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Bible Commentaries

The Church Pulpit Commentary

Isaiah 29

Verses 1-9


‘Woe to Ariel,’ etc.

Isaiah 29:1-9

I. The prophet sets forth in Isaiah 29:1-2 the theme of his discourse.—For he announces to Ariel, i.e. to the city of God, Jerusalem, that he will cause her after a time great distress, notwithstanding that she is Ariel, i.e. lion of God; that she however, in this distress will prove herself to be Ariel, i.e. the hearth of God. This thought is further developed in what follows. The Lord causes Jerusalem to be told that He will besiege and afflict her greatly ( Isaiah 29:3), so that she, bowed low in the dust, will let her voice sound faintly as the spirit of one dead ( Isaiah 29:4).

II. But the comforting promise is immediately annexed, that the enemies of Jerusalem will suddenly become as fine dust or as flying chaff ( Isaiah 29:5).—For Jehovah will come against them as with thunder, and tempest, and devouring fire ( Isaiah 29:6). The whole force, therefore, of the enemies that fight against Ariel, i.e. here the mount of God, will pass away as a vision of a dream in the night ( Isaiah 29:7); these enemies will be in the condition of one who in a dream thinks that he has eaten and drunk, and only on awaking perceives that he has been dreaming ( Isaiah 29:8).

Verses 11-12


‘And the vision of all is become unto you as the words of a book that is sealed, which men deliver to one that is learned, saying, Read this, I pray thee: and he saith, I cannot; for it is sealed,’ etc.

Isaiah 29:11-12

I. There is something of truth in the representation that the Bible is a sealed book.—We always regard it as a standing proof of the Divine origin of the volume, that it is not to be unfolded by the processes which we apply to a merely human composition, and that every attempt to enter deeply into its meaning, without the assistance of its Author, issues in nothing but conjecture and confusion. The Bible is addressed to the heart, not merely to the head. The very fact that unless the Holy Spirit explains the Bible it is impossible for the student to enter into its meaning may be seized on by those who seek an apology for neglect; and men may retort upon an adviser who says, ‘Read this, I pray you,’ by asking, ‘How can we, since on your own showing the book is sealed?’ The Bible is a sealed book to all who interpret it by their own unaided strength. But, ‘if any of you lack wisdom, let him ask of God, Who giveth to all men liberally and upbraideth not, and it shall be given him.’ Hence the key is within reach. You are taught how the flame may be kindled by which the seals shall be dissolved. Can it, then, be any justification for the neglect with which Scripture is treated that any of its statements overpass our unassisted comprehensions?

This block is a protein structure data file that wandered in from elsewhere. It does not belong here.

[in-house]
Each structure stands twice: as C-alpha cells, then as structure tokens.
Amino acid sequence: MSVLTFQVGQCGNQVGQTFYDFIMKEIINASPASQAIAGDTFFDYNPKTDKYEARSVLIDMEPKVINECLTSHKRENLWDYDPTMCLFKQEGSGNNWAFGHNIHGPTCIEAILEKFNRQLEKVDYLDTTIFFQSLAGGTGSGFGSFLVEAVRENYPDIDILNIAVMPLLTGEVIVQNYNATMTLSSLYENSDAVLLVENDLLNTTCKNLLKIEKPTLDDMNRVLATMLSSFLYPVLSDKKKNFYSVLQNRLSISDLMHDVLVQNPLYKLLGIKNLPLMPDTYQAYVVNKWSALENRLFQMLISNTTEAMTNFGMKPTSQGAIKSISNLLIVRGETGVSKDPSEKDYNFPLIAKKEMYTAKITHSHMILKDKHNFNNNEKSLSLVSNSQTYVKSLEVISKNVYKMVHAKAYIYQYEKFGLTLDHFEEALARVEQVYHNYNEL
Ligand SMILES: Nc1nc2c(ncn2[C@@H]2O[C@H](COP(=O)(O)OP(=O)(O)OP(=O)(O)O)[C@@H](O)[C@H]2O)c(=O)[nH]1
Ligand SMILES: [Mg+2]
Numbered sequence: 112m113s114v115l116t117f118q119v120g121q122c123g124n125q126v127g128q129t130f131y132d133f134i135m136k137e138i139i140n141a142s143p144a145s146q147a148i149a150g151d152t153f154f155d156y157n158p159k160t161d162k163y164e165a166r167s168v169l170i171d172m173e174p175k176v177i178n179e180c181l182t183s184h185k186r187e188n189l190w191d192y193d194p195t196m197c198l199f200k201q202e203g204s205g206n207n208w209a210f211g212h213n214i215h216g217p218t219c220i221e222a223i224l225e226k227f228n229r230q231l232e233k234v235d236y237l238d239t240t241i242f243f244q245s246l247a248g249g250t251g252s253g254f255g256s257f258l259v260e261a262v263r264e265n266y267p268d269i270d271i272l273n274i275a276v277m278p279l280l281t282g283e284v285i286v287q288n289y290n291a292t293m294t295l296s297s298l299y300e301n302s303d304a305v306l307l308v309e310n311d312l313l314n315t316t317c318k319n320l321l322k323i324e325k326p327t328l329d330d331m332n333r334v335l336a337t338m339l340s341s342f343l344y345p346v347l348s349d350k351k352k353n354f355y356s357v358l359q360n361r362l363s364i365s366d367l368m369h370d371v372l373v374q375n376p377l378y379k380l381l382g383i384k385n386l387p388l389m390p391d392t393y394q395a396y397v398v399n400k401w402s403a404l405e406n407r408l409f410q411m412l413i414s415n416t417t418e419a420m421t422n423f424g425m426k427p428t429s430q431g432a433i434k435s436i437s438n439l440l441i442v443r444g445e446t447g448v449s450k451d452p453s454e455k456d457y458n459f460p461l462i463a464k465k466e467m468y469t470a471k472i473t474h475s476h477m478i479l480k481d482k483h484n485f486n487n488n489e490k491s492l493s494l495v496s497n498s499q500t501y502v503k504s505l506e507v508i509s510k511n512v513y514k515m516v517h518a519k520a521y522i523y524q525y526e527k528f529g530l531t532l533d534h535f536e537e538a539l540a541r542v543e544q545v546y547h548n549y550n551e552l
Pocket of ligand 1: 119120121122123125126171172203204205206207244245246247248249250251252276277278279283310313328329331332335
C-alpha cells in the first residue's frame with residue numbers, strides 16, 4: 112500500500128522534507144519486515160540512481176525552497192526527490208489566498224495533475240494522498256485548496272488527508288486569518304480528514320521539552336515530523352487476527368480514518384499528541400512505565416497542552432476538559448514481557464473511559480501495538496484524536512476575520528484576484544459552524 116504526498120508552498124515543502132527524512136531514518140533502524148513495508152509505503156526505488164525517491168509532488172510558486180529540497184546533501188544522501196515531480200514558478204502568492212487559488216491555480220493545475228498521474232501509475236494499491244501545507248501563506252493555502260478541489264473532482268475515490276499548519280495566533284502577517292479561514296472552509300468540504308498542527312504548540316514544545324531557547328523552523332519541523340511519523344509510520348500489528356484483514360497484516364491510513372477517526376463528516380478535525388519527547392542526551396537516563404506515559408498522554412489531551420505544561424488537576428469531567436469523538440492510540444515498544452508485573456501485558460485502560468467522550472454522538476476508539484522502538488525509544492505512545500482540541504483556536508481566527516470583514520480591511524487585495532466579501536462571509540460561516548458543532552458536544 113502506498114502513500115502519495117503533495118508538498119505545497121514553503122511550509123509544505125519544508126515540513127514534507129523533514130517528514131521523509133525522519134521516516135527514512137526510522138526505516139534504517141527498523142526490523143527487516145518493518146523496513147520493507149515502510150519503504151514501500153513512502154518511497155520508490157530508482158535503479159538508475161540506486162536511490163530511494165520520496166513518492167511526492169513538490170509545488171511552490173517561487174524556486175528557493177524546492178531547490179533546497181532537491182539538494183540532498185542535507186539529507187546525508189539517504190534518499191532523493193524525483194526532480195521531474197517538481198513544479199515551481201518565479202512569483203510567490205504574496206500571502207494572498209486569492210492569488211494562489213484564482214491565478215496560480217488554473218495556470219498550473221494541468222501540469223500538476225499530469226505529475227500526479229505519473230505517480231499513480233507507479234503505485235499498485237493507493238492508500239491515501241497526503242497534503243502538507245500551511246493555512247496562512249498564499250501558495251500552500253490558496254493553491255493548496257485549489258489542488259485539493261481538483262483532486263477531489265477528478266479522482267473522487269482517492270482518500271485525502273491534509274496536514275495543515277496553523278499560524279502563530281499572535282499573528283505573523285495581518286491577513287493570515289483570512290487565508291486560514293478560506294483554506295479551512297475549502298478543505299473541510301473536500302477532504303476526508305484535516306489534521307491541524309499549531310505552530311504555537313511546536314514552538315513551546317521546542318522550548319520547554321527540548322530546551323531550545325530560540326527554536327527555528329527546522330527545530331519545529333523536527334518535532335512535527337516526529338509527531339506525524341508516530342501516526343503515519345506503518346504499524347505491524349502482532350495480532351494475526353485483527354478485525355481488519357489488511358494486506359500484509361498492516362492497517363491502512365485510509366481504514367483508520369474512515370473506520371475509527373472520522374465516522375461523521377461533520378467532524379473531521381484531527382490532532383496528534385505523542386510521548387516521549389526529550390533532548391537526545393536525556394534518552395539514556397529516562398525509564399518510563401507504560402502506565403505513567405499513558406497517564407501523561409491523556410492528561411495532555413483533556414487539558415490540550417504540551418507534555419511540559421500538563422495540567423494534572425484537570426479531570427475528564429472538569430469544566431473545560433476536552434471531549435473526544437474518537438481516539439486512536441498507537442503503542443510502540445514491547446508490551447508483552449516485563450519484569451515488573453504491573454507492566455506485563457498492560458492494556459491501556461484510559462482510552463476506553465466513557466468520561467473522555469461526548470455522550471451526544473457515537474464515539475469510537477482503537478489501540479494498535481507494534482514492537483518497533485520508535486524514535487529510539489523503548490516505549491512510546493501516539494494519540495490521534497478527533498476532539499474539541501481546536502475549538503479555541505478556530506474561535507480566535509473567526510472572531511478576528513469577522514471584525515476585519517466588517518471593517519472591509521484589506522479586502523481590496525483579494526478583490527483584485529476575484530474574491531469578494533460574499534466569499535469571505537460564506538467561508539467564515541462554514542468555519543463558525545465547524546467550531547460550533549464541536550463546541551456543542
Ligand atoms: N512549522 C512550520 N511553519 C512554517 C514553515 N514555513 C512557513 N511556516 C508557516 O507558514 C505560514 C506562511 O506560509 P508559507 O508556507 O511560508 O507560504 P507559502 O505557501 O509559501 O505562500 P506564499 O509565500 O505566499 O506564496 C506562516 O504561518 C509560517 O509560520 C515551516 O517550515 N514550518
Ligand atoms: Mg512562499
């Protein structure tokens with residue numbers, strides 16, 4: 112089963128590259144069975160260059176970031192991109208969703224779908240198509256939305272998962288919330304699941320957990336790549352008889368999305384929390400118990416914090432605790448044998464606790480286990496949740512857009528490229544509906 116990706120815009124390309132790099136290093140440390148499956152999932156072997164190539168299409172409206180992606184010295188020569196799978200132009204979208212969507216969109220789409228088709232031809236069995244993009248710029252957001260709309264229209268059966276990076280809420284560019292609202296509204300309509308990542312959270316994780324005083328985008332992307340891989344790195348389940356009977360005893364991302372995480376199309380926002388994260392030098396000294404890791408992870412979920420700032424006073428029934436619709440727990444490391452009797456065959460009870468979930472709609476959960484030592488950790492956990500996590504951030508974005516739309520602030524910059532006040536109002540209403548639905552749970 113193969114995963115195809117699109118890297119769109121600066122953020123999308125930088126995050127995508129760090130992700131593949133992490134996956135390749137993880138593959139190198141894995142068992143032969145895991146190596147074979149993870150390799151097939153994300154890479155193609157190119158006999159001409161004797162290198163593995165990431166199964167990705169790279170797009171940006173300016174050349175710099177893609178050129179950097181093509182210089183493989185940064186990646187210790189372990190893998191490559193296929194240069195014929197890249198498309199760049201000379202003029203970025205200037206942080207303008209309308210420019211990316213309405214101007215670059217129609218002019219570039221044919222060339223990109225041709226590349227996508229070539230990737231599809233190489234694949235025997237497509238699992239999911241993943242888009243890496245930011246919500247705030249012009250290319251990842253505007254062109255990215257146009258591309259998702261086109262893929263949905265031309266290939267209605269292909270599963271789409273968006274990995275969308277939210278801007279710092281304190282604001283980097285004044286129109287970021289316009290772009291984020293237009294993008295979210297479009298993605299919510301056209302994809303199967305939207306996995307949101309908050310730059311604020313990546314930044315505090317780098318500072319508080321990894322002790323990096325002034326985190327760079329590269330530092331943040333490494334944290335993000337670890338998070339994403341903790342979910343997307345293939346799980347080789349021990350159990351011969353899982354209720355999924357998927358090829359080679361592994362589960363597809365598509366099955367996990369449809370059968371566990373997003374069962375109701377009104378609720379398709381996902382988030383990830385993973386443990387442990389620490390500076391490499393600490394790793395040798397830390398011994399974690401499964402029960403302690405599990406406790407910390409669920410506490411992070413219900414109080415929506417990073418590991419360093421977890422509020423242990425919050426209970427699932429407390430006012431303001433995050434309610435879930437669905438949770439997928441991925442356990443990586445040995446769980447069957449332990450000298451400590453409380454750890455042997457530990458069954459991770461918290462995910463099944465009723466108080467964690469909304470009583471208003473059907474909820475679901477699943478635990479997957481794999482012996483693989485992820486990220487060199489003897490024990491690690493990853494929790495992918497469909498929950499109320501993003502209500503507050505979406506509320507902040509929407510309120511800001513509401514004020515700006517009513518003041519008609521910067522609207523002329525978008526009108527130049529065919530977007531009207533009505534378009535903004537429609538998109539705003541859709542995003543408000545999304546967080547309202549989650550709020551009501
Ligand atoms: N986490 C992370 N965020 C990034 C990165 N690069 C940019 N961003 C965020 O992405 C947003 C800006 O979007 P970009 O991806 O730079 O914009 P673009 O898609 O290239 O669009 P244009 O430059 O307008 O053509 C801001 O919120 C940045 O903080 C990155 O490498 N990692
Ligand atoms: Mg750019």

II. If one great body of men excuse themselves by pleading that the volume is sealed, another will take refuge in their own want of scholarship.—Here, again, the excuse is based on a truth; but yet it in no degree justifies neglect. The well-educated man has undoubtedly advantages over the uneducated, when both are considered as students of Scripture. Even where there has not been a total want of common instruction, and the poor cottager is able to read the Bible for himself, it is not to be questioned that he will find many difficulties which never meet the better educated. Here comes in with fresh force all our preceding argument in regard to the office of the Spirit as the interpreter of Scripture. If the understanding of the Bible, so as to become morally advantaged by its statements, depend on the influences of the Holy Ghost, it is clear that the learned may search much and gain no spiritual benefit, and the unlearned may read little and yet be mightily profited. The instant you ascertain that the Book cannot be unsealed by mere human instrumentality, but that an agency is needed which is promised to all without exception who seek it by prayer, you place rich and poor on the same level, so far as ‘life eternal’ is concerned, which is the knowing God and Jesus Christ Whom He hath sent.

—Canon Melvill.


‘To all those who bring to the reading of the Holy Scripture not the Spirit, from Whom it proceeded, but the opposite spirit, the spirit of the world, the Scripture must be a sealed book, into which they can stare with plastered eyes, which see and yet do not see, which watch and yet at the same time sleep.’

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Bibliographical Information
Nisbet, James. "Commentary on Isaiah 29". The Church Pulpit Commentary. 1876.